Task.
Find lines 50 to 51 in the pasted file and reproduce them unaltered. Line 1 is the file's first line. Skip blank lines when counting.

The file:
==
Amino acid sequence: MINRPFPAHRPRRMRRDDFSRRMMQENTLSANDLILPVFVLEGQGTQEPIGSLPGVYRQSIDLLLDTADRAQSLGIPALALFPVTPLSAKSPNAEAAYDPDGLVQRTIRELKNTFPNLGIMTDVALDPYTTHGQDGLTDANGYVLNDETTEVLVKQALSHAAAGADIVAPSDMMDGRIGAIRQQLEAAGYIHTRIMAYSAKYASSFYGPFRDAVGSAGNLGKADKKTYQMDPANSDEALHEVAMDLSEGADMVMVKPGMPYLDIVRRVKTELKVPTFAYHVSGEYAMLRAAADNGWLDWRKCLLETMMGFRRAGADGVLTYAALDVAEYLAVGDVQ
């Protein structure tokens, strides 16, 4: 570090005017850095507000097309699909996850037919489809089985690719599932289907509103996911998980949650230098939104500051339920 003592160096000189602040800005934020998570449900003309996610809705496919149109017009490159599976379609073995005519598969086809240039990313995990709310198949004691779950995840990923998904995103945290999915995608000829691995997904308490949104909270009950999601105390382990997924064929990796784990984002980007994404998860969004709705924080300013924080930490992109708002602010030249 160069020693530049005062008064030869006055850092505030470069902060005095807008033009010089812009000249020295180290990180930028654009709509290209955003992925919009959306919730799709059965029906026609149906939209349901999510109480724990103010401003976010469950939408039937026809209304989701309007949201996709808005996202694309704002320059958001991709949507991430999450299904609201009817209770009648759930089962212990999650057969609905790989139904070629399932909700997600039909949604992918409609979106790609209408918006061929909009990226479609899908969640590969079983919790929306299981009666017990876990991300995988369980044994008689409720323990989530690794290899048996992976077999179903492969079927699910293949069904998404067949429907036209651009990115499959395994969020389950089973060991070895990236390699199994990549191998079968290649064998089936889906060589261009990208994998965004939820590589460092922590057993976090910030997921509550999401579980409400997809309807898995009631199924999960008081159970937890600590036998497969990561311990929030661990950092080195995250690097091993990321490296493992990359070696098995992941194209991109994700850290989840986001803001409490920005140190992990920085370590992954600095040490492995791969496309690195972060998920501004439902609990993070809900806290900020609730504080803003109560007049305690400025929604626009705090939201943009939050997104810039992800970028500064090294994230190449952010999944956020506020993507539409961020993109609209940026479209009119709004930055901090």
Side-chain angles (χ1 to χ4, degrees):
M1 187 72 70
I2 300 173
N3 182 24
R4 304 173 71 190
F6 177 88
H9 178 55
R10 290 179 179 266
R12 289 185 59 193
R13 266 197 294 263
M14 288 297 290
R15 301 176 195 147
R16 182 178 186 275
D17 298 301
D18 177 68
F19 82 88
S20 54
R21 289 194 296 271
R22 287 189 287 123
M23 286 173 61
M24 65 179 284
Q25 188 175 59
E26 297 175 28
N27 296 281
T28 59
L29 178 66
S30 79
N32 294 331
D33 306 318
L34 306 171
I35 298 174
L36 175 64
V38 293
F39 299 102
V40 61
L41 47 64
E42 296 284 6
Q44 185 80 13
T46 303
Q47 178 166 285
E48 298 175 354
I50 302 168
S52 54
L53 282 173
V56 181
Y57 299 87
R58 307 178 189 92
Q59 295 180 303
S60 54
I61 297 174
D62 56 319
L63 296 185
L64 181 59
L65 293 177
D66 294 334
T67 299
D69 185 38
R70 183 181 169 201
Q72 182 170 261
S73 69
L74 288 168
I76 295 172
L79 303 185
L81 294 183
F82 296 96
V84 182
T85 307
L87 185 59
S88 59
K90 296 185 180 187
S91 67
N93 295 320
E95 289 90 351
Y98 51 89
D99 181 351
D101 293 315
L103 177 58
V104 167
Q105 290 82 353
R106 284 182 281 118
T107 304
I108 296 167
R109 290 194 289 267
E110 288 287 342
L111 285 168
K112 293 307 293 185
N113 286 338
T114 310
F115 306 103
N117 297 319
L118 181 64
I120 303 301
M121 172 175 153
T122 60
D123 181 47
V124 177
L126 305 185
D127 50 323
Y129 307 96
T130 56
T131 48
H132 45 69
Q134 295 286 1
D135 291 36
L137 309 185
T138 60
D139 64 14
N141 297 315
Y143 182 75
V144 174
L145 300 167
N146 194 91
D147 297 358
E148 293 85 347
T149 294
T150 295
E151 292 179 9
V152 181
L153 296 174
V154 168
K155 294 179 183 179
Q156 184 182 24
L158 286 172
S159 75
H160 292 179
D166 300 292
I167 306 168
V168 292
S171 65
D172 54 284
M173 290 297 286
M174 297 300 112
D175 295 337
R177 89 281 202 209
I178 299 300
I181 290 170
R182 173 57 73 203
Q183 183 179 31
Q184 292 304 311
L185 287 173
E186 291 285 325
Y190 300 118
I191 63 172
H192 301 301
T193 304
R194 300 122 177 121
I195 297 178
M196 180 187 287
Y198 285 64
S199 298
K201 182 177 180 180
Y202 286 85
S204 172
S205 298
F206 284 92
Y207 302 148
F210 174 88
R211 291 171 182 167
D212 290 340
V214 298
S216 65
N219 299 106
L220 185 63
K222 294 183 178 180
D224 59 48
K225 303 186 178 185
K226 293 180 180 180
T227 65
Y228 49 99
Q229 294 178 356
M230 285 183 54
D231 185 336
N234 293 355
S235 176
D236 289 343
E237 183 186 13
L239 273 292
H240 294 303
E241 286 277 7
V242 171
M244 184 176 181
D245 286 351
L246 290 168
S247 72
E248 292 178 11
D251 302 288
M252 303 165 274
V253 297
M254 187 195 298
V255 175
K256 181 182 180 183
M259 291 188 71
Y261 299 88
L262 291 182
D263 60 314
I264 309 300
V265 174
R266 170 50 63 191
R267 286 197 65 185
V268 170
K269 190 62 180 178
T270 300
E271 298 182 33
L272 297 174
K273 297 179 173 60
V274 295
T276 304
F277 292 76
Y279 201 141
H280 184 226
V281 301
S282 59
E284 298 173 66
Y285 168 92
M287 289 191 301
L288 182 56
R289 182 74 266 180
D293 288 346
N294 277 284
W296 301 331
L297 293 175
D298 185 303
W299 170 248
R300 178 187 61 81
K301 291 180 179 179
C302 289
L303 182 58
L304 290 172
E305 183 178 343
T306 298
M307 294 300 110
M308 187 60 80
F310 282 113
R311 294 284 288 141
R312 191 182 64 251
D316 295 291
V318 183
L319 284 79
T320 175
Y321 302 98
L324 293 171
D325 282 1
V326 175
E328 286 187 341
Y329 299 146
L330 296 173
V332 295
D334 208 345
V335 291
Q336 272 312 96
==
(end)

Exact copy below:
Q59 295 180 303
S60 54